What is not generally known to the readers of science fiction in English is that the most widely read science- fiction writer in the world is not Heinlein or Bradbury or Clarke, but Stanislaw Lem, a Pole; that the largest science- fiction section of a writers’ union is in Hungary; that excellent science fiction is being produced in East Germany, Czechoslovakia, and especially in the Soviet Union. Some of this—far too little—is beginning to trickle into the English-speaking world, and, sad to say, a certain portion suffers from execrable translation. Some works have had the hazards of translation more than doubled by passing from the original to a second language before being rendered from that into English, a process in which the style and character of even a laundry list could hardly be expected to survive. Keeping that in mind, however, the discerning reader will find, even in the most brutalized of translations, a strength and inventiveness marvelous to behold.

In the highest echelon of Soviet science-fiction writers stand the names of Boris and Arkady Strugatsky. I first encountered these talented brothers in a novel called Hard to Be a God. Remarkable, purely as a novel, for structure, characterization, pacing, and its perceptive statements of the human condition, it touches also on almost every single quality most avidly sought by the science-fiction reader. It has space flight and future devices; it has that wondrous “what if…?” aspect in its investigation into sociology; by its richly detailed portraiture of an alien culture it affords a new perspective on the nature of ours and ourselves; it even has that exciting hand-to-hand conflict so dear to the hearts of that cousin of science fiction called swords-and-sorcery. And among its highest virtues is this: though there are battles and fights and blood and death where the narrative calls for them, the super-potent protagonist never kills anybody. Writers everywhere, keeping in mind in these violent times their responsibility for their influence, should take note. It can be done, and done well, at no expense to tension and suspense.

And now comes Roadside Picnic… In the so-called Golden Age of American science fiction, when the late John W. Campbell, editor extraordinary, gathered around him in a handful of months the greatest stable of science fiction talent ever seen, he would throw out challenges to his writers, like: “Write me a story about a man who will die in twenty-four hours unless he can answer this question: ‘How do you know you’re sane?’”; and this one—surely one of the most provocative of all: “Write me a story about a creature that thinks as well as a man but not like a man.” (The answer “Woman” is disallowed as too obvious a rejoinder.)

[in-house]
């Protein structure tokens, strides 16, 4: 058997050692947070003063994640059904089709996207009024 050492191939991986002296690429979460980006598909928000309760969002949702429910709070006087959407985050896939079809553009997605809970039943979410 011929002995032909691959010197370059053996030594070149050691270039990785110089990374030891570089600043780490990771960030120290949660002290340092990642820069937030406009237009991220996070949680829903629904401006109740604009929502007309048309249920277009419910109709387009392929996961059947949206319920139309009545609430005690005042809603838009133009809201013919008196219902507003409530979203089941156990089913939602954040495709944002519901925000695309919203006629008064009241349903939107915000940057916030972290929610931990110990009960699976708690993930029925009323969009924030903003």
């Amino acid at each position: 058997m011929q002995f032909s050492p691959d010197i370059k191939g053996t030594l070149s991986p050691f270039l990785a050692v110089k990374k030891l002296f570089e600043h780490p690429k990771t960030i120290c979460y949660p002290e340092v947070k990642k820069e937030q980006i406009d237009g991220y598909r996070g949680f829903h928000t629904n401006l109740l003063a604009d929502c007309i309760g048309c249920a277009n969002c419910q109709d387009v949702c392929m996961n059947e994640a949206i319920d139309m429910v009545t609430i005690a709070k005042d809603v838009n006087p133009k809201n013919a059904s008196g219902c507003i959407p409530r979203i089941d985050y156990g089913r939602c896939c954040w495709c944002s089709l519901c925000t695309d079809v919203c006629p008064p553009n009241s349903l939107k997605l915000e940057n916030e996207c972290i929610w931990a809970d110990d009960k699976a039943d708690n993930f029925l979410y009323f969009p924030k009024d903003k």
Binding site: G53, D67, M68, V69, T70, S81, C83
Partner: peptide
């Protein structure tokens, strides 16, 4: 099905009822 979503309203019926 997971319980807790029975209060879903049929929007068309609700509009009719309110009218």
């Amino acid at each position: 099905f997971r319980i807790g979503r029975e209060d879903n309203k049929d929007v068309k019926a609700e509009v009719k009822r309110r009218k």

The Strugatskys posit that the Earth experiences a brief visit from extraterrestrials, who leave behind them —well, call it litter, such as might be left by you and me (in one of our less socially conscious moments) after a roadside picnic. The nature of these discards, products of an utterly alien technology, defies most earthly logic, to say nothing of earthly analytical science, and their potential is limitless. Warp these potentials into all-too-human goals—the quest for pure knowledge for its own sake, the search for new devices, new techniques, to achieve new heights in human well-being; the striving for profit, with its associated competitiveness; and the ravening thirst for new and more terrible weapons—and you have the framework of this amazing short novel. Add the Strugatskys’ deft and supple handling of loyalty and greed, of friendship and love, of despair and frustration and loneliness, and you have a truly superb tale, ending most poignantly in what can only be called a blessing. You won’t forget it.

Tale of a Troika is a very different thing indeed—so different that it might have been written by quite different authors—which is the highest possible tribute to the authors’ versatility. How much you like it will depend on your taste for satire and lampoon. It is, in nature, reminiscent of Lem’s Memoirs Found in a Bathtub, with (and here I confess to a highly subjective evaluation) one important difference: Lem’s approach and style are, in comparison, unleavened, no matter how deeply he plunges into the surrealistic and the absurd. The cumulative effect is Kafkaesque horror. The Strugatsky fury—and it is fury: disgust with hypocrisy, with bureaucratic bumbling, with self-serving, self-saving distortions of logic and of